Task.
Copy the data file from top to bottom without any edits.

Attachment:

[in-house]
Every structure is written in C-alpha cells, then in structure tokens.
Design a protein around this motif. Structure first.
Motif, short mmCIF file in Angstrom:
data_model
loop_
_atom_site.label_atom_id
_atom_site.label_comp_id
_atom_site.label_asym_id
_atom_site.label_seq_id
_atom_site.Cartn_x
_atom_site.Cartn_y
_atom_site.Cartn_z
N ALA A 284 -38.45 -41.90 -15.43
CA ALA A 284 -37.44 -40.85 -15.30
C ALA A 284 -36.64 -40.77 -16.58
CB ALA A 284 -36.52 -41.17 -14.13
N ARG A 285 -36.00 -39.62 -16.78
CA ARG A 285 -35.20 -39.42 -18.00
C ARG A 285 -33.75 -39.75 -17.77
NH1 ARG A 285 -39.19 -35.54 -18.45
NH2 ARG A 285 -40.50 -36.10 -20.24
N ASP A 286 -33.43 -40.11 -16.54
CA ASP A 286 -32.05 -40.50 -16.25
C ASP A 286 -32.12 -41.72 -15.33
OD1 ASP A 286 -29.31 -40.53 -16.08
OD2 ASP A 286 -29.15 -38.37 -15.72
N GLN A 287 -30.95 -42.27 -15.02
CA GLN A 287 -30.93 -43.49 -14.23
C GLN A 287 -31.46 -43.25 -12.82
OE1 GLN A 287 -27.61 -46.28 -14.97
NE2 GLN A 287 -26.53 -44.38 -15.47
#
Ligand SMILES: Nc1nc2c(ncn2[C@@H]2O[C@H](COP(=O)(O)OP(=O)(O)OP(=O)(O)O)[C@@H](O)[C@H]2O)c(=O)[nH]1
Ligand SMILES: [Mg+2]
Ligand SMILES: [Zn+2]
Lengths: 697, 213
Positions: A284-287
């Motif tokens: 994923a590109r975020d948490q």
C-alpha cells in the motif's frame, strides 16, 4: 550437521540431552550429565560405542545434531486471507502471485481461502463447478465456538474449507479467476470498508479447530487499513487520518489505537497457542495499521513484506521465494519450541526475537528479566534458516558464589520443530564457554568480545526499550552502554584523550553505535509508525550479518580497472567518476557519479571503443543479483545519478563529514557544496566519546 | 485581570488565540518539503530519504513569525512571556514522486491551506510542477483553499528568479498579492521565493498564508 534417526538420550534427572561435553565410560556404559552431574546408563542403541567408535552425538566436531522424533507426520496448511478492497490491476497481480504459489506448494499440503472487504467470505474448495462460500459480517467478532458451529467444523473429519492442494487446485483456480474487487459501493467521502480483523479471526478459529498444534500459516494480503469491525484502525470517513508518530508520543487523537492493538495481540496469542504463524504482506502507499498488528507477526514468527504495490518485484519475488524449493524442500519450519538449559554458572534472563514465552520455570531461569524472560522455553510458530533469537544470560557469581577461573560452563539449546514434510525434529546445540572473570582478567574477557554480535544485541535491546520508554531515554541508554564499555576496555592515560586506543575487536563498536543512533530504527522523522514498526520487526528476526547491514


[in-house]
Every structure is written in C-alpha cells, then in structure tokens.
Design a protein around this motif. Structure first.
Motif, short mmCIF file in Angstrom:
data_model
loop_
_atom_site.label_atom_id
_atom_site.label_comp_id
_atom_site.label_asym_id
_atom_site.label_seq_id
_atom_site.Cartn_x
_atom_site.Cartn_y
_atom_site.Cartn_z
N ALA A 284 -38.45 -41.90 -15.43
CA ALA A 284 -37.44 -40.85 -15.30
C ALA A 284 -36.64 -40.77 -16.58
CB ALA A 284 -36.52 -41.17 -14.13
N ARG A 285 -36.00 -39.62 -16.78
CA ARG A 285 -35.20 -39.42 -18.00
C ARG A 285 -33.75 -39.75 -17.77
NH1 ARG A 285 -39.19 -35.54 -18.45
NH2 ARG A 285 -40.50 -36.10 -20.24
N ASP A 286 -33.43 -40.11 -16.54
CA ASP A 286 -32.05 -40.50 -16.25
C ASP A 286 -32.12 -41.72 -15.33
OD1 ASP A 286 -29.31 -40.53 -16.08
OD2 ASP A 286 -29.15 -38.37 -15.72
N GLN A 287 -30.95 -42.27 -15.02
CA GLN A 287 -30.93 -43.49 -14.23
C GLN A 287 -31.46 -43.25 -12.82
OE1 GLN A 287 -27.61 -46.28 -14.97
NE2 GLN A 287 -26.53 -44.38 -15.47
#
Ligand SMILES: Nc1nc2c(ncn2[C@@H]2O[C@H](COP(=O)(O)OP(=O)(O)OP(=O)(O)O)[C@@H](O)[C@H]2O)c(=O)[nH]1
Ligand SMILES: [Mg+2]
Ligand SMILES: [Zn+2]
Lengths: 697, 213
Positions: A284-287
């Motif tokens: 994923a590109r975020d948490q």
C-alpha cells in the motif's frame, strides 16, 4: 550437521540431552550429565560405542545434531486471507502471485481461502463447478465456538474449507479467476470498508479447530487499513487520518489505537497457542495499521513484506521465494519450541526475537528479566534458516558464589520443530564457554568480545526499550552502554584523550553505535509508525550479518580497472567518476557519479571503443543479483545519478563529514557544496566519546 | 485581570488565540518539503530519504513569525512571556514522486491551506510542477483553499528568479498579492521565493498564508 534417526538420550534427572561435553565410560556404559552431574546408563542403541567408535552425538566436531522424533507426520496448511478492497490491476497481480504459489506448494499440503472487504467470505474448495462460500459480517467478532458451529467444523473429519492442494487446485483456480474487487459501493467521502480483523479471526478459529498444534500459516494480503469491525484502525470517513508518530508520543487523537492493538495481540496469542504463524504482506502507499498488528507477526514468527504495490518485484519475488524449493524442500519450519538449559554458572534472563514465552520455570531461569524472560522455553510458530533469537544470560557469581577461573560452563539449546514434510525434529546445540572473570582478567574477557554480535544485541535491546520508554531515554541508554564499555576496555592515560586506543575487536563498536543512533530504527522523522514498526520487526528476526547491514